During the off-season, the Montreal Canadiens effectively swapped out their top line for another. And through three games of the regular season, it’s clear that GM Bob Gainey knew what he was doing when he said “adios” to Saku Koivu, Alex Kovalev and Alex Tanguay, and effectively replaced them with Scott Gomez, Brian Gionta and Mike Cammalleri.
You may recall that Koivu, Tanguay and Kovalev were thrown together as a forward line late last season at a time when the Habs were desperately trying to secure a spot in the playoffs. They had some fine moments out there, but clearly not enough of them for Gainey to keep them together during this team’s very short post-season run. And all three were shown the door at the end of the season.
Enter Gomez via the trade route, and Cammalleri and Gionta and free agents. As reluctant as head coach Jacques Martin is to put all his eggs in one basket, these three are performing at their highest level when they’re getting the chance to play together, as they did last night in Calgary, in a 4-3 loss to the Flames. They figured on the scoresheet when ex-Flame Cammalleri did all the work to set up Gomez, who converted a one-timer past Mikka Kiprusoff. It was the first goal of the season for Gomez. Yes, Gionta was held off the scoresheet last night. But he has been the most consistent of the three, through the opening three games of the season.
It’s clear that Martin is going to have to keep Gomez, Cammalleri, and Gionta together. We’ve seen him try to share the wealth up front by having Cammalleri play with Tomas Plekanec and Andrei Kotitsyn, while moving Max Pacioretty up to play with Gomez and Gionta. The move hasn’t worked. Particularly when it comes to P acioretty, who is clearly still trying to find his game. After a very ordinary training camp, Pacioiretty has been very ordinary through the first three games of the regular season. His fourth-line effort would be fine for a fourth-line player. But the Canadiens don’t need Max Pacioretty to be a fourth-line player. They need him to be a top-six forward.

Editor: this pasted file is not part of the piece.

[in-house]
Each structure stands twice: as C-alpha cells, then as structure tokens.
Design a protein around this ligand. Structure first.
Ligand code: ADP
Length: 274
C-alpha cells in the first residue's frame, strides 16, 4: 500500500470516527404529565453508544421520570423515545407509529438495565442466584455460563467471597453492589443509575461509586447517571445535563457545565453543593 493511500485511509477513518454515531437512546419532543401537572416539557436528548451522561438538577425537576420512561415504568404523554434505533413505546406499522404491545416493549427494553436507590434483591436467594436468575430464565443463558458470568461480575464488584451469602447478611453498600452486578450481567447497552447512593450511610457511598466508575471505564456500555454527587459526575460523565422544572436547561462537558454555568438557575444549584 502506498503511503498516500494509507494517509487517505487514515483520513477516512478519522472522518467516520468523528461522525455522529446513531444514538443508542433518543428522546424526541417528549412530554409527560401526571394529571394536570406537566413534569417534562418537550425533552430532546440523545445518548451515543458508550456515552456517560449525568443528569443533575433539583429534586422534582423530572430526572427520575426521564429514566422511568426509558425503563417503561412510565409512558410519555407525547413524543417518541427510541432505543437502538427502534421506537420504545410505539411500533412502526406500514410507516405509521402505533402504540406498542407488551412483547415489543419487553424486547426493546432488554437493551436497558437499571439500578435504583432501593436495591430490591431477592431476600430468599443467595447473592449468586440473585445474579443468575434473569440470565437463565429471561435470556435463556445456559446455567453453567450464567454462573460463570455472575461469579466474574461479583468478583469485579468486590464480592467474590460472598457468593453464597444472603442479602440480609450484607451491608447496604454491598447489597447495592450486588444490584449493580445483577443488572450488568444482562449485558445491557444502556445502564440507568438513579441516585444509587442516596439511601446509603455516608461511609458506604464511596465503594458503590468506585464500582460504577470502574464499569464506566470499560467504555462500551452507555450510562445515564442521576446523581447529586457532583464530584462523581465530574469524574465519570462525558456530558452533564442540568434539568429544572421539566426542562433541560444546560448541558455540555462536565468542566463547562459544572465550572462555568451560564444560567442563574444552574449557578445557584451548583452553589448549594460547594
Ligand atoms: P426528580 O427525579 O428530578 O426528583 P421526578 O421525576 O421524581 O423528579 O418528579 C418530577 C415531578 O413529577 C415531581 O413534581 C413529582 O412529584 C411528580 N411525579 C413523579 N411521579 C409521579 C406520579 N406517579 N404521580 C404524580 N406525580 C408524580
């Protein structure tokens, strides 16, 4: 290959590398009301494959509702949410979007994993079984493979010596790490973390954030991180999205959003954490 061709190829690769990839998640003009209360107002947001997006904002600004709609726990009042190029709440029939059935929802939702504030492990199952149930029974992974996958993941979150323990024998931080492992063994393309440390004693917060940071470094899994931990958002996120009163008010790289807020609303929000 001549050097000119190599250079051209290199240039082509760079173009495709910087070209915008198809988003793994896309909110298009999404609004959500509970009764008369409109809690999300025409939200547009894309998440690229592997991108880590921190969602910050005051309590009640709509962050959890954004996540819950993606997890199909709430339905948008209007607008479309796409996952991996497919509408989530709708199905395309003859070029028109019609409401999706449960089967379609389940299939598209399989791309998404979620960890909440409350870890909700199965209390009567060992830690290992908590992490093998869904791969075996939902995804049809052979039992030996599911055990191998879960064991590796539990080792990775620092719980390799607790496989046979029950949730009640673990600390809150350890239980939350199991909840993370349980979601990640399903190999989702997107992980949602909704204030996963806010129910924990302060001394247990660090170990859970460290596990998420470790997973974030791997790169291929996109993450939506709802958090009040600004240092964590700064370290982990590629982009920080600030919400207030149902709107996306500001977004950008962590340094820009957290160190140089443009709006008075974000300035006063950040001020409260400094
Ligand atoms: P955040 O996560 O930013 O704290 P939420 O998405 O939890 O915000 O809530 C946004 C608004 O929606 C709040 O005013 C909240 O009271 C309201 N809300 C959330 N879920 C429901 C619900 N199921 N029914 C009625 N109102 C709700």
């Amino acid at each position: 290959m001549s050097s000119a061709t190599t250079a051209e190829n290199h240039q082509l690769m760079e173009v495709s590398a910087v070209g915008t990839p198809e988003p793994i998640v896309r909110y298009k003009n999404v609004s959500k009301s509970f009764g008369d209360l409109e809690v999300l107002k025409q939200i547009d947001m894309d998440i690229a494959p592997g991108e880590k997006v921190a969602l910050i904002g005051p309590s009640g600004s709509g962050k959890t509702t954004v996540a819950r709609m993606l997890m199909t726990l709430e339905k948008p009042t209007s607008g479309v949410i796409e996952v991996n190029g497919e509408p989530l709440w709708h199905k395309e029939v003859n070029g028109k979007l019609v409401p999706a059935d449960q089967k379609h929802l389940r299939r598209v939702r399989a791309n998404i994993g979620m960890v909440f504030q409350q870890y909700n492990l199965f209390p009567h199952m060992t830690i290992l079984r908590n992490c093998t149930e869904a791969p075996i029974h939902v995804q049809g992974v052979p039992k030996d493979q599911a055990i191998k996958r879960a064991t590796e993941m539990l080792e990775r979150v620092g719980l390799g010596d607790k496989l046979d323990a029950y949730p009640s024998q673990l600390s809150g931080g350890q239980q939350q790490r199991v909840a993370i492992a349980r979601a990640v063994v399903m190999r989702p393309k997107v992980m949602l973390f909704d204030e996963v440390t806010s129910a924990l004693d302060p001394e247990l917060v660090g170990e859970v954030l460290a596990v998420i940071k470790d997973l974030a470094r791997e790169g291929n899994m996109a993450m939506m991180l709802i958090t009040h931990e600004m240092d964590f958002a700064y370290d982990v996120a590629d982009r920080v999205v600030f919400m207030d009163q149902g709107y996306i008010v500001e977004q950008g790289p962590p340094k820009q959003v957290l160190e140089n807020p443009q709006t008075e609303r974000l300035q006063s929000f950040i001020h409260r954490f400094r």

It was, however, nice to see Tomas Plekanec put the puck in the net, although it was a rather lucky soft backhander that beat Mikka Kiprusoff. It would be nice to see Andrei Kostitsyn do the same and, in the process, show a little more spunk out there.
Speaking of fourth liners. Kyle Chipchura got a chance to suit up last night for the first time after sitting out the pre-season while recovering from off-season shoulder surgery. Chipchura lined up with Georges Laraque and Greg Stewart, and the three combined for a minus EIGHT effort. Which isn’t much of an effort, at all. The three watched third-period action from the sidelines, as coach Martin shortened his bench in an effort to find the equalizer in a third period which saw the Habs outshoot the Flames 15-5.
It was also a first for Yannick Weber, who was called up from Hamilton as a result of the injuries to Andrei Markov and Ryan O’Byrne. For the record, Weber finished with a zero plus-minus figure in almost 18 minutes of ice time. He looked a little nervous out there and had some skittish moments in the Canadiens’ zone, but he acquitted himself reasonably well. Did he acquit himself well enough to secure a spot on this blueline while Markov and O’Byrne continue to nurse their long-term injuries? It may be a moot point, following the acquisition of free-agent defenceman Marc-Andre Bergeron yesterday. Bergeron was figuring he was in line for some big bucks as an unrestricted free agent after putting up some impressive numbers as a member of the Minnesota Wild last season, including 14 goals, seven of them on the power play.
However, a funny thing happened to Bergeron en-route to his big, free-agent pay day. The phone never rang. Up until yesterday, at least, when he agreed to a one-year deal for well under $1 million. A relative bargain, I’d say, and a pretty reasonable insurance policy.
So, while the Canadiens made their way to Vancouver for tonight’s game against the Canucks, Bergeron made his way to Hamilton for a conditioning stint with the Bulldogs. And Yannick Weber will get another chance to prove that he belongs in the National Hockey League, against the Canucks.
Personally, I’m rooting for the kid.